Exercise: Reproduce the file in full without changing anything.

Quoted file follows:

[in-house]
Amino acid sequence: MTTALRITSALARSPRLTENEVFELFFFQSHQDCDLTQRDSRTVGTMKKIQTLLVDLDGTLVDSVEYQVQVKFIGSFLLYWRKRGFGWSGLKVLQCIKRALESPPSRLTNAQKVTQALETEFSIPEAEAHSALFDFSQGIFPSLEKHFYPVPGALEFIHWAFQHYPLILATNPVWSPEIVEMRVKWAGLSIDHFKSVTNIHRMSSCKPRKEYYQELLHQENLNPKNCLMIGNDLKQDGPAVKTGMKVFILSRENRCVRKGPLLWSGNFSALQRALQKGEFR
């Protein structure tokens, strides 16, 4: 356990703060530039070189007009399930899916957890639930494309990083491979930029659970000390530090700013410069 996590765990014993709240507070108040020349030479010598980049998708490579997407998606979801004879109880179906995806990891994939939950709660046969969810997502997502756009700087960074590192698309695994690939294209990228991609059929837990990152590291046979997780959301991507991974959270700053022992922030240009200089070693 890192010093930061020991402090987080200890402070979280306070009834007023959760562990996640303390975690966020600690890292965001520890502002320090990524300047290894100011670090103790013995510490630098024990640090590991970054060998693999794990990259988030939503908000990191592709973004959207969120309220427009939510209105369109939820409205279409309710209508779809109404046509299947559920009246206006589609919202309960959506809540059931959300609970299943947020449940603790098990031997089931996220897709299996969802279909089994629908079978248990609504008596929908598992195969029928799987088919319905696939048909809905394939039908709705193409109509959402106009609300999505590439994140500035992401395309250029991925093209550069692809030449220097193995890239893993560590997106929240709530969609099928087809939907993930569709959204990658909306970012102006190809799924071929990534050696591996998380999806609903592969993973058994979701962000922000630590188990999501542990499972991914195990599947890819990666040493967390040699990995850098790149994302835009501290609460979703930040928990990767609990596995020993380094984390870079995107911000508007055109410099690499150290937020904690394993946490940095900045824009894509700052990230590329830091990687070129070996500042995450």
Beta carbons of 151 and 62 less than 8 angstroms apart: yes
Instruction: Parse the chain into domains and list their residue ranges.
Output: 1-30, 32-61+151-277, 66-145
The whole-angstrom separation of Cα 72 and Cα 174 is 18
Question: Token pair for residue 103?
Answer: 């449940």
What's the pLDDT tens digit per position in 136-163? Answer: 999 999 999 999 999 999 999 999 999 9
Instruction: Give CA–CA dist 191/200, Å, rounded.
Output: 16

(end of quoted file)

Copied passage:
[in-house]
Amino acid sequence: MTTALRITSALARSPRLTENEVFELFFFQSHQDCDLTQRDSRTVGTMKKIQTLLVDLDGTLVDSVEYQVQVKFIGSFLLYWRKRGFGWSGLKVLQCIKRALESPPSRLTNAQKVTQALETEFSIPEAEAHSALFDFSQGIFPSLEKHFYPVPGALEFIHWAFQHYPLILATNPVWSPEIVEMRVKWAGLSIDHFKSVTNIHRMSSCKPRKEYYQELLHQENLNPKNCLMIGNDLKQDGPAVKTGMKVFILSRENRCVRKGPLLWSGNFSALQRALQKGEFR
């Protein structure tokens, strides 16, 4: 356990703060530039070189007009399930899916957890639930494309990083491979930029659970000390530090700013410069 996590765990014993709240507070108040020349030479010598980049998708490579997407998606979801004879109880179906995806990891994939939950709660046969969810997502997502756009700087960074590192698309695994690939294209990228991609059929837990990152590291046979997780959301991507991974959270700053022992922030240009200089070693 890192010093930061020991402090987080200890402070979280306070009834007023959760562990996640303390975690966020600690890292965001520890502002320090990524300047290894100011670090103790013995510490630098024990640090590991970054060998693999794990990259988030939503908000990191592709973004959207969120309220427009939510209105369109939820409205279409309710209508779809109404046509299947559920009246206006589609919202309960959506809540059931959300609970299943947020449940603790098990031997089931996220897709299996969802279909089994629908079978248990609504008596929908598992195969029928799987088919319905696939048909809905394939039908709705193409109509959402106009609300999505590439994140500035992401395309250029991925093209550069692809030449220097193995890239893993560590997106929240709530969609099928087809939907993930569709959204990658909306970012102006190809799924071929990534050696591996998380999806609903592969993973058994979701962000922000630590188990999501542990499972991914195990599947890819990666040493967390040699990995850098790149994302835009501290609460979703930040928990990767609990596995020993380094984390870079995107911000508007055109410099690499150290937020904690394993946490940095900045824009894509700052990230590329830091990687070129070996500042995450």
Beta carbons of 151 and 62 less than 8 angstroms apart: yes
Instruction: Parse the chain into domains and list their residue ranges.
Output: 1-30, 32-61+151-277, 66-145
The whole-angstrom separation of Cα 72 and Cα 174 is 18
Question: Token pair for residue 103?
Answer: 């449940």
What's the pLDDT tens digit per position in 136-163? Answer: 999 999 999 999 999 999 999 999 999 9
Instruction: Give CA–CA dist 191/200, Å, rounded.
Output: 16